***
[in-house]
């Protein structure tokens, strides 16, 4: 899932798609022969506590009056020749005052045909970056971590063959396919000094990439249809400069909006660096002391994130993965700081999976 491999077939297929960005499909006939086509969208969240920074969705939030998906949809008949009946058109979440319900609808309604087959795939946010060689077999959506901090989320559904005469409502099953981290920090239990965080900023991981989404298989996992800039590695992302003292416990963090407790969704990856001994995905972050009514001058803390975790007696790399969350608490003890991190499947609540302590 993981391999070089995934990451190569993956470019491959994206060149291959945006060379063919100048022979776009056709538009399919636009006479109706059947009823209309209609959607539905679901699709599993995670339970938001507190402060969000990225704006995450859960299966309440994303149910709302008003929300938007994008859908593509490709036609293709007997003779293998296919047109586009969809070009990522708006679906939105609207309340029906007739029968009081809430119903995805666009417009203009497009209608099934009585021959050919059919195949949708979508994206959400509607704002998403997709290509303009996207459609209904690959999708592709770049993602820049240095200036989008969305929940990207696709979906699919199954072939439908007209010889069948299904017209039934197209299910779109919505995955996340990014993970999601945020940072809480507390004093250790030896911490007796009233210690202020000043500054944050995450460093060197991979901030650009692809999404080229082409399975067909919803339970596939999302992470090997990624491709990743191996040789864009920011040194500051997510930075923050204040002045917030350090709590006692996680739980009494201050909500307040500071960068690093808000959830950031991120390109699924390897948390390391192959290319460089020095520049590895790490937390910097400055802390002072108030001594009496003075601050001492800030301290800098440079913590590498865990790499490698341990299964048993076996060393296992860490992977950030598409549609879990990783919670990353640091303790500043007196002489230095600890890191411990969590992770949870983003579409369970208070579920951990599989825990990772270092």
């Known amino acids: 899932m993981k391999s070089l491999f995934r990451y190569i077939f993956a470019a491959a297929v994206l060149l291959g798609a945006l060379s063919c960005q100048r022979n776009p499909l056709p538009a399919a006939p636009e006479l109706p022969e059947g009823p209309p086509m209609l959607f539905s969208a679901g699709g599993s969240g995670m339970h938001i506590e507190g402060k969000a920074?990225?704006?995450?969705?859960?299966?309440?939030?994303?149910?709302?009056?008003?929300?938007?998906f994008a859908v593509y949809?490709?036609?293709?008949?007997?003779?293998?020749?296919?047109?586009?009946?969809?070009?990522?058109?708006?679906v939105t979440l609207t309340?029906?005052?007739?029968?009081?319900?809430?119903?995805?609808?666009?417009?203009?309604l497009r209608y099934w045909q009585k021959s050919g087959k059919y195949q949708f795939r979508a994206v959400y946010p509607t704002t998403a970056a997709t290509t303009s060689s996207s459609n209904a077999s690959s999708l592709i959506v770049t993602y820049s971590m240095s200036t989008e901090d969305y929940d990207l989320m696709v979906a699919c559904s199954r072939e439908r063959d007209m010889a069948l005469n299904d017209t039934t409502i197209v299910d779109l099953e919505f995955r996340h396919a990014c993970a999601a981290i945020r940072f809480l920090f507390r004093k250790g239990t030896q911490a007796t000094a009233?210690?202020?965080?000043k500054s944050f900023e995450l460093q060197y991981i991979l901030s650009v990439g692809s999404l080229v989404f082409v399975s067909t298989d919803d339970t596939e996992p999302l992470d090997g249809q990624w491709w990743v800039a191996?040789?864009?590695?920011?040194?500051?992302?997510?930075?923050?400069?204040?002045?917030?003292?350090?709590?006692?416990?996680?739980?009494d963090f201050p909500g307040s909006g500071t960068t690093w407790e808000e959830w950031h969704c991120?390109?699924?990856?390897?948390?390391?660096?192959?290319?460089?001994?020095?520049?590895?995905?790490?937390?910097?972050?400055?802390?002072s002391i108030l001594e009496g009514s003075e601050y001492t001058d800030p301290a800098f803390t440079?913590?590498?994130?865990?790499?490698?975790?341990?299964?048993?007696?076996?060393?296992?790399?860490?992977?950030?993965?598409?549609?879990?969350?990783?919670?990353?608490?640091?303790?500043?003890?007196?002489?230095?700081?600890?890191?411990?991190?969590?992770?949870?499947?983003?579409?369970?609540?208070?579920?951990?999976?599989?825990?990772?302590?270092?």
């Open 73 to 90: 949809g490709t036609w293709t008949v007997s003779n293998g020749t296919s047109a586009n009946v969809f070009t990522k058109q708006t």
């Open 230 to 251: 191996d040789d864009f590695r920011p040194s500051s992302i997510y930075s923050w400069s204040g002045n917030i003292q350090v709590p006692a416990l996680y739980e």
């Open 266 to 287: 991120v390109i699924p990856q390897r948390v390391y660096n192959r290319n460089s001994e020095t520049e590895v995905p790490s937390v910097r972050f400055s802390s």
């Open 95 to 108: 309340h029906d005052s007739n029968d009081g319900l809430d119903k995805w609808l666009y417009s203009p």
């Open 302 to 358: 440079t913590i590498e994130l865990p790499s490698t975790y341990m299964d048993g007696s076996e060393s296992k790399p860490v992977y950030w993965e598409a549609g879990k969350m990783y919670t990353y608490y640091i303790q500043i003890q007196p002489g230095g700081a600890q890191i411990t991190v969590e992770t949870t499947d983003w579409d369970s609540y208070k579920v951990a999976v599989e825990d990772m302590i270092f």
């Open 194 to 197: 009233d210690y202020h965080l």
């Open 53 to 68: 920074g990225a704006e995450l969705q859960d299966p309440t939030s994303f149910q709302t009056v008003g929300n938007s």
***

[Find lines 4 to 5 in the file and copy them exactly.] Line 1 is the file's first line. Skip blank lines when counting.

């Open 73 to 90: 949809g490709t036609w293709t008949v007997s003779n293998g020749t296919s047109a586009n009946v969809f070009t990522k058109q708006t």
């Open 230 to 251: 191996d040789d864009f590695r920011p040194s500051s992302i997510y930075s923050w400069s204040g002045n917030i003292q350090v709590p006692a416990l996680y739980e």